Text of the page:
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|Cyrielle Fougeroux and Peter J Holst|
|Copenhagen University, Denmark|
|ScientificTracks Abstracts: J Vaccines Vaccin|
|Adenoviral vectors can be modified to induce both T and B cell immune responses to antigens encoded by the recombined vectors. The MHCII chaperone invariant chain (Ii) has been used as an adjuvant to enhance T cell responses to tethered antigen encoded in adenoviral vectors. Here, we modified this adjuvant by insertion of an intramolecular furin protease recognition site (Ii-fur) to obtain a secreted version of part of the adjuvant in complex with the antigen. To test the capacity of this modified adjuvant to induce immune responses, we recombined vectors to encode Plasmodium falciparum virulence factors; two CIDRα1 domains derived from the IT4var19 and PFCLINvar30 var genes, as a dimeric antigen. These domains are two members of a polymorphic protein family of important host receptor adhesion molecules involved in the vascular sequestration of parasites in severe malaria. The Ii-fur molecule was investigated in vitro and shown to direct secretion of oligomeric antigen as well as functioning as an adjuvant for MHC class I and II restricted antigen presentation, as previously reported with Ii. While Ii-fur shows an unaltered T cell adjuvant effect, it strongly accelerates and enhances the specific antibody response against both targeted CIDR antigens. Mutagenesis studies demonstrated that the combination of an endosomal targeting sequence, secretion and a trimerization domain in the invariant chain C- terminal domain was needed for the full adjuvant effect on antibody responses. As the invariant chain is already a potent T cell adjuvant for vectored vaccines, we conclude that our newly designed adjuvant is an efficient tool for inducing a combination of T cell and antibody responses to plasmodial antigens by adenoviral vaccination.|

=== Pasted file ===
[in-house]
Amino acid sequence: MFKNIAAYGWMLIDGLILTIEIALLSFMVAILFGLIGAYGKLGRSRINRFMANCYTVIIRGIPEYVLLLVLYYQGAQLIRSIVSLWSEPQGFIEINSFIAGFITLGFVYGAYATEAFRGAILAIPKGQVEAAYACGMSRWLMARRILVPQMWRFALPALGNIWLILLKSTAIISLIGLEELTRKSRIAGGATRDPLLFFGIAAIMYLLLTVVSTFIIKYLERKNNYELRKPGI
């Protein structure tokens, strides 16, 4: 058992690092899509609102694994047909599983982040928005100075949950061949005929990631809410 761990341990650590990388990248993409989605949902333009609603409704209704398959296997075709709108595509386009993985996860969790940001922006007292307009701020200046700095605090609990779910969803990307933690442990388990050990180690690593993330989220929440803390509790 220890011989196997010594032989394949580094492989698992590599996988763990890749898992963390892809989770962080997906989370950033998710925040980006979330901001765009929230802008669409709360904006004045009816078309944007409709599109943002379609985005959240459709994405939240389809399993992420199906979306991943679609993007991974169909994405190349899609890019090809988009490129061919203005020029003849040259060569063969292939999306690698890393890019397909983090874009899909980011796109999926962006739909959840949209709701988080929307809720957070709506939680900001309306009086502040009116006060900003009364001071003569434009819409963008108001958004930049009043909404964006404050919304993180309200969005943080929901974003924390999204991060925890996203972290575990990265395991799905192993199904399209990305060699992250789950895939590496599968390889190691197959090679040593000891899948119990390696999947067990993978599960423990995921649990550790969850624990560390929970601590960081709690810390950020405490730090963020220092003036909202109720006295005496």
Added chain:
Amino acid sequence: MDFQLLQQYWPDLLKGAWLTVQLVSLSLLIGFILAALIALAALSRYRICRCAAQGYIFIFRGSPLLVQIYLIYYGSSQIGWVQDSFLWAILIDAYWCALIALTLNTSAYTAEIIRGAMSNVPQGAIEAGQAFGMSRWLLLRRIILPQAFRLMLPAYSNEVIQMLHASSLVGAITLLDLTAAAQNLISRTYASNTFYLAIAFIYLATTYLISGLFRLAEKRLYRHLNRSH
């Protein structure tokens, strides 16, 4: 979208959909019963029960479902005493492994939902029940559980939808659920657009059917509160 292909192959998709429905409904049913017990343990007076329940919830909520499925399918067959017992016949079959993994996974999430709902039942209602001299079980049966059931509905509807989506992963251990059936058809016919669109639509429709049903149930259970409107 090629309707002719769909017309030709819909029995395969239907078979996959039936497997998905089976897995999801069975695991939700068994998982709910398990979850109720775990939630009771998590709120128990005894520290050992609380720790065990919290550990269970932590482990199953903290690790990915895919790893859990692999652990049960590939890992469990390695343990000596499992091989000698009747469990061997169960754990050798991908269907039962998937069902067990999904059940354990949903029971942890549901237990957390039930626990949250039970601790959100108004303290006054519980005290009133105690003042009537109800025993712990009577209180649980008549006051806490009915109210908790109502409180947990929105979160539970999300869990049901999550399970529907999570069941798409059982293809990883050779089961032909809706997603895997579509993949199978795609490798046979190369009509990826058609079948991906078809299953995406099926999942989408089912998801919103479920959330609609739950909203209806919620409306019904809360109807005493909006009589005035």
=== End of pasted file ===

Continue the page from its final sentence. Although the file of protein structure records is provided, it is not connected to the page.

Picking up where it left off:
Cyrielle Fougeroux has done her Master’s in Immunology from UPMC, and is pursuing her PhD from Copenhagen University, Denmark. She has been working on adenovirus based vaccines targeting malaria and mucosal pathogens. She along with her supervisor (Peter J Holst) developed a new adjuvant based on MHCII associate invariant chain inserted with a furin recognition site allowing secretion of a trimerized antigen. This adjuvant was capable of enhancing both T cellular responses as well as humoral specific responses to the encoded antigen, after adenoviral vaccination in mice. This finding has now been patent and we would like to test our adjuvant with different adjuvant and are thus are open to collaborations in the near future.
Email: [email protected]
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